The Potential of Education for Creating Mutual Trust: Schools as sites for deliberation

Educational Philosophy and Theory 43 (3):236-248 (2011)
Abstract
Is it possible to look at schools as spaces for encounters? Could schools contribute to a deliberative mode of communication in a manner better suited to our own time and to areas where different cultures meet? Inspired primarily by classical (Dewey) and modern (Habermas) pragmatists, I turn to Seyla Benhabib, posing the question whether she supports the proposition that schools can be sites for deliberative communication. I argue that a school that engages in deliberative communication, with its stress on mutual communication between different moral perspectives, gives universalism a procedurally oriented meaning, serving as an arena for encounters that represents a weak public sphere. An interactive universalism of this kind attaches importance to developing an ability and willingness to reason on the basis of the views of others and to change perspectives. In that respect, the institutional arrangements of schools are potential parts of the political dimension of cosmopolitanism, as well as its moral dimension, in terms of the obligations and responsibilities we develop through our institutions and in our actions as human beings towards one another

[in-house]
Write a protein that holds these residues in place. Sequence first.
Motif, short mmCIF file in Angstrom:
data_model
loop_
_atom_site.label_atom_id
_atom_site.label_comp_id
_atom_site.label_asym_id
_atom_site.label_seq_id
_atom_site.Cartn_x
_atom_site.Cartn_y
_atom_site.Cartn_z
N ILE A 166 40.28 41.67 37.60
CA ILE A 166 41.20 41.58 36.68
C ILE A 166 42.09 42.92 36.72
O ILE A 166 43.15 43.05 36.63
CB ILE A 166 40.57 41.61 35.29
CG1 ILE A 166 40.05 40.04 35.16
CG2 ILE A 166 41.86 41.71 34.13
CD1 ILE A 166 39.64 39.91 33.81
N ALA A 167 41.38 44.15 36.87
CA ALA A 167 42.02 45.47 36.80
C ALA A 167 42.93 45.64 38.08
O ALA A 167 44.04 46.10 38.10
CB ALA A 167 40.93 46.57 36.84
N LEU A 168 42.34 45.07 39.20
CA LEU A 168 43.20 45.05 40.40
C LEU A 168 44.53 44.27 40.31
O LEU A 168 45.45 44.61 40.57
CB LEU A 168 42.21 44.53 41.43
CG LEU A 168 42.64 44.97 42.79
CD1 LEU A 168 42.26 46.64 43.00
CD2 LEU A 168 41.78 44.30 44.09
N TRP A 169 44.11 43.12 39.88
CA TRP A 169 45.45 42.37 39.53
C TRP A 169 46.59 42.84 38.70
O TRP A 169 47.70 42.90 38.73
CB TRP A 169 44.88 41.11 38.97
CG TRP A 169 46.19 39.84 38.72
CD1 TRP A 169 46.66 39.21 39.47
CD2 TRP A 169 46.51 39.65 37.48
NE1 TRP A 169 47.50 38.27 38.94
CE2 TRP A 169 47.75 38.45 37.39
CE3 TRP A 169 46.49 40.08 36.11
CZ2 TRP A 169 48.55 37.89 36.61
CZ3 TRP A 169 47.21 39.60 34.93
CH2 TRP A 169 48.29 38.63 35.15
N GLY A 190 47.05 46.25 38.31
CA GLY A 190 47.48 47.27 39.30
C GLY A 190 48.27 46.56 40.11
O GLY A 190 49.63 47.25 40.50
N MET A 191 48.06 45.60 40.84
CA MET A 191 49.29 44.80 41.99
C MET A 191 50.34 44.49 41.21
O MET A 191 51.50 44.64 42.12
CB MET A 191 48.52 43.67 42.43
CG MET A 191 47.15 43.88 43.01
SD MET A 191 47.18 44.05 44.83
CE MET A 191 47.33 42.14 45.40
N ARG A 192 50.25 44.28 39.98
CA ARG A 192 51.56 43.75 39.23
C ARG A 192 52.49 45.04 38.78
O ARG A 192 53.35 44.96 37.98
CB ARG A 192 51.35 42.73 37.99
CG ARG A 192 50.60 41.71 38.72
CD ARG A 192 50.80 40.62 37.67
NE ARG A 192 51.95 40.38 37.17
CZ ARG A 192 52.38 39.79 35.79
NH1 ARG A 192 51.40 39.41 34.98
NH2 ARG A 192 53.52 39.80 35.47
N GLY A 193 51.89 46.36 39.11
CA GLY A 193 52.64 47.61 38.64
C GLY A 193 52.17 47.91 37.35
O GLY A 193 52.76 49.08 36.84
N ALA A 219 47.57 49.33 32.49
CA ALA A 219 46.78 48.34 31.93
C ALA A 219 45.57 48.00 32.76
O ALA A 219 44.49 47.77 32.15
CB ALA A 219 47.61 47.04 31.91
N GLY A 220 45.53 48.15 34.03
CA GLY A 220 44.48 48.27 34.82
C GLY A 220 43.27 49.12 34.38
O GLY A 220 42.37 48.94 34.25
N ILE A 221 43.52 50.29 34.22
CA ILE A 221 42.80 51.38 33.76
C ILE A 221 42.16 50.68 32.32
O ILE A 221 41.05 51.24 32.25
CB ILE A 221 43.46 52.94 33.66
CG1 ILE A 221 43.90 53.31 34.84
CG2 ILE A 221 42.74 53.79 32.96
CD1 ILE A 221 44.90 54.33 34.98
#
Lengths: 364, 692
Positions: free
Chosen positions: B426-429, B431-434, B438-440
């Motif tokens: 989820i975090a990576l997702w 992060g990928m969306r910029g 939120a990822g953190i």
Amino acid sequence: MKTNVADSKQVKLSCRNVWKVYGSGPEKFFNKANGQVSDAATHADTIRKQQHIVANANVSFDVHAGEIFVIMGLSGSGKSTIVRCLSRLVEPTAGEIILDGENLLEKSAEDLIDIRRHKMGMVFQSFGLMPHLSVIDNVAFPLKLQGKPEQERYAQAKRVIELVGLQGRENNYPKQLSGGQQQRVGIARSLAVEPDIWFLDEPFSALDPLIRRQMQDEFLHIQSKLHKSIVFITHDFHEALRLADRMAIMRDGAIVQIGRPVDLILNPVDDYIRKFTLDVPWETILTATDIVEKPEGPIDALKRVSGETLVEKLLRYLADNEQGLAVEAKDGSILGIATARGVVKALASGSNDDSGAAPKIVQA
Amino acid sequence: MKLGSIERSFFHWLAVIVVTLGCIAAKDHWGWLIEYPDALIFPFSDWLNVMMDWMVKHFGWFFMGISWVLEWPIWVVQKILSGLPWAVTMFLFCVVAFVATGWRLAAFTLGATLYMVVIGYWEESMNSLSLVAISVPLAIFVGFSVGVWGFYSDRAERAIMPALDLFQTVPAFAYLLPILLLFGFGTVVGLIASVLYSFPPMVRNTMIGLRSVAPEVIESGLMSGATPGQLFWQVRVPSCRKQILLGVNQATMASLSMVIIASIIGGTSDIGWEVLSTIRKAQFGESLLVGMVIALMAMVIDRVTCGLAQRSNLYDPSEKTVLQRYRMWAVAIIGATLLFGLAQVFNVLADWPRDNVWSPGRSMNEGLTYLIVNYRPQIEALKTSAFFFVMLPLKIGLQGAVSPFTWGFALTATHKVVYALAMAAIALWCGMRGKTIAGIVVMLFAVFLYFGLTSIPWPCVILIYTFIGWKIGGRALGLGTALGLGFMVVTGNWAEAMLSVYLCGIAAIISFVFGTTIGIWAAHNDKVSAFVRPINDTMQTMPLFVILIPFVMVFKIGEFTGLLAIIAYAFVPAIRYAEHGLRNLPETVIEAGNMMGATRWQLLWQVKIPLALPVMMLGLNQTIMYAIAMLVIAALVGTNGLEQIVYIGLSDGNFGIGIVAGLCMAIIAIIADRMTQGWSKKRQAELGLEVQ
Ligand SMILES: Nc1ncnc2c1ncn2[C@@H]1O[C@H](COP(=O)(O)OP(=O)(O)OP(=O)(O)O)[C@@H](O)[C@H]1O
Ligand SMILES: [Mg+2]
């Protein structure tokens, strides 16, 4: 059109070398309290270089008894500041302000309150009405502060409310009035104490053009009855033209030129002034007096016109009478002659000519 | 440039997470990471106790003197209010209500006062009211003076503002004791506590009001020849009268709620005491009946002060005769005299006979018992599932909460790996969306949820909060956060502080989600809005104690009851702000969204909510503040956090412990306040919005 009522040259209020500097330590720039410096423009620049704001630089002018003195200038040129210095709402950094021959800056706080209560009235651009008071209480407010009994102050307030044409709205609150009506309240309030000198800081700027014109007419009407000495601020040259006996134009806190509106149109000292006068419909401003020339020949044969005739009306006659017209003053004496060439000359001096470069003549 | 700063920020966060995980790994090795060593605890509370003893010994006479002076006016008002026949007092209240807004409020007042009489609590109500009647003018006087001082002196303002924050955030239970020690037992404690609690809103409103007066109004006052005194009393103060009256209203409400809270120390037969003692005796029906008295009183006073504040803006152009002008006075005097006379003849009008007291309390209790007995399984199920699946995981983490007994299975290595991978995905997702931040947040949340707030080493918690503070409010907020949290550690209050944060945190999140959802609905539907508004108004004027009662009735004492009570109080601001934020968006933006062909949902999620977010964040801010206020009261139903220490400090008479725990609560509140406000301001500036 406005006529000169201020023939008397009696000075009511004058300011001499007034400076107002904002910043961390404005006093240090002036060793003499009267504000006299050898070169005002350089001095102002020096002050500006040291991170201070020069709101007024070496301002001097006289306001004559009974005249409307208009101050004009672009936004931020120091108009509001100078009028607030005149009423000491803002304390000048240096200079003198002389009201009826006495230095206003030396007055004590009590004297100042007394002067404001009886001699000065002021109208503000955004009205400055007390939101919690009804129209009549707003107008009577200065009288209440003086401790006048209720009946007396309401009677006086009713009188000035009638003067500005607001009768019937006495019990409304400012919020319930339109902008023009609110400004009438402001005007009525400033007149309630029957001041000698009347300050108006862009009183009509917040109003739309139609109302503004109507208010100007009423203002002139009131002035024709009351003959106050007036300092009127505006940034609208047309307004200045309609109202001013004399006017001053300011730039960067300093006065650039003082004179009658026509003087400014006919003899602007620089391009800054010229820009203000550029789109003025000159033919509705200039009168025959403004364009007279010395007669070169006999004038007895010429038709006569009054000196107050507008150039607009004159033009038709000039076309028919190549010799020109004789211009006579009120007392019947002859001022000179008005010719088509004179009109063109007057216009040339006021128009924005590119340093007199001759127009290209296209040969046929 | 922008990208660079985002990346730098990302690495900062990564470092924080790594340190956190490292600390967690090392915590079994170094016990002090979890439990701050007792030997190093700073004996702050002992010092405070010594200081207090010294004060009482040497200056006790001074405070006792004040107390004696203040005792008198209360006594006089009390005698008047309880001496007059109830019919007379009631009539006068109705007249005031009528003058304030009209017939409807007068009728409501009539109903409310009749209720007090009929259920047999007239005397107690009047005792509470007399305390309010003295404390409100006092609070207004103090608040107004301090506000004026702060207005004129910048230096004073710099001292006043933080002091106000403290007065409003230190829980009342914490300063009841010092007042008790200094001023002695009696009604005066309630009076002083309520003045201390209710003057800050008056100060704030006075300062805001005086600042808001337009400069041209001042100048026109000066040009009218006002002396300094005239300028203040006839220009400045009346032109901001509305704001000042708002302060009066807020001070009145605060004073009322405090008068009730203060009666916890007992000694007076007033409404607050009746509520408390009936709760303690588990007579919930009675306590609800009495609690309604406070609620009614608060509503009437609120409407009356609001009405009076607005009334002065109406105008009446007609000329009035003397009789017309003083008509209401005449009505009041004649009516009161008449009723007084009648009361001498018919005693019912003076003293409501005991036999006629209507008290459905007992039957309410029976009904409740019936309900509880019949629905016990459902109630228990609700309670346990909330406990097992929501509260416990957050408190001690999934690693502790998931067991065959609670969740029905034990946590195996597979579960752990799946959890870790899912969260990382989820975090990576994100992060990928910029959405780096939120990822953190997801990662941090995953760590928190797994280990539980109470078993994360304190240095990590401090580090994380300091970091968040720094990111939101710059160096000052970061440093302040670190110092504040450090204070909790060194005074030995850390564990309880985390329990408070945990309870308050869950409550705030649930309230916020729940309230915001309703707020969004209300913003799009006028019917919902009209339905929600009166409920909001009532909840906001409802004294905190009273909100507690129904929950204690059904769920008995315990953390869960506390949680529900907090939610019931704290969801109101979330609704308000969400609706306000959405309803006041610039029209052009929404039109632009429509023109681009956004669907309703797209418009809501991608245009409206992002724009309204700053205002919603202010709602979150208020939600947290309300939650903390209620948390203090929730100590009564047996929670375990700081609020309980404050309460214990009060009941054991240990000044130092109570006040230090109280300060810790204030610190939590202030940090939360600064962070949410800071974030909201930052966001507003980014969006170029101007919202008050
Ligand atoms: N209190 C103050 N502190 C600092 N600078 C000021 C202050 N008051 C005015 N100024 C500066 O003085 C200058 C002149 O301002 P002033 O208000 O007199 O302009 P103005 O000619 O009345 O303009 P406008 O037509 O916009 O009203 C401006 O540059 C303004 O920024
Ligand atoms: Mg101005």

Keywords interactive universalism  cosmopolitanism  Jürgen Habermas  pragmatism  schools as encounters  John Dewey  Seyla Benhabib  deliberative communication
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Amy Gutmann (1996). Democracy and Disagreement. Belknap Press of Harvard University Press.

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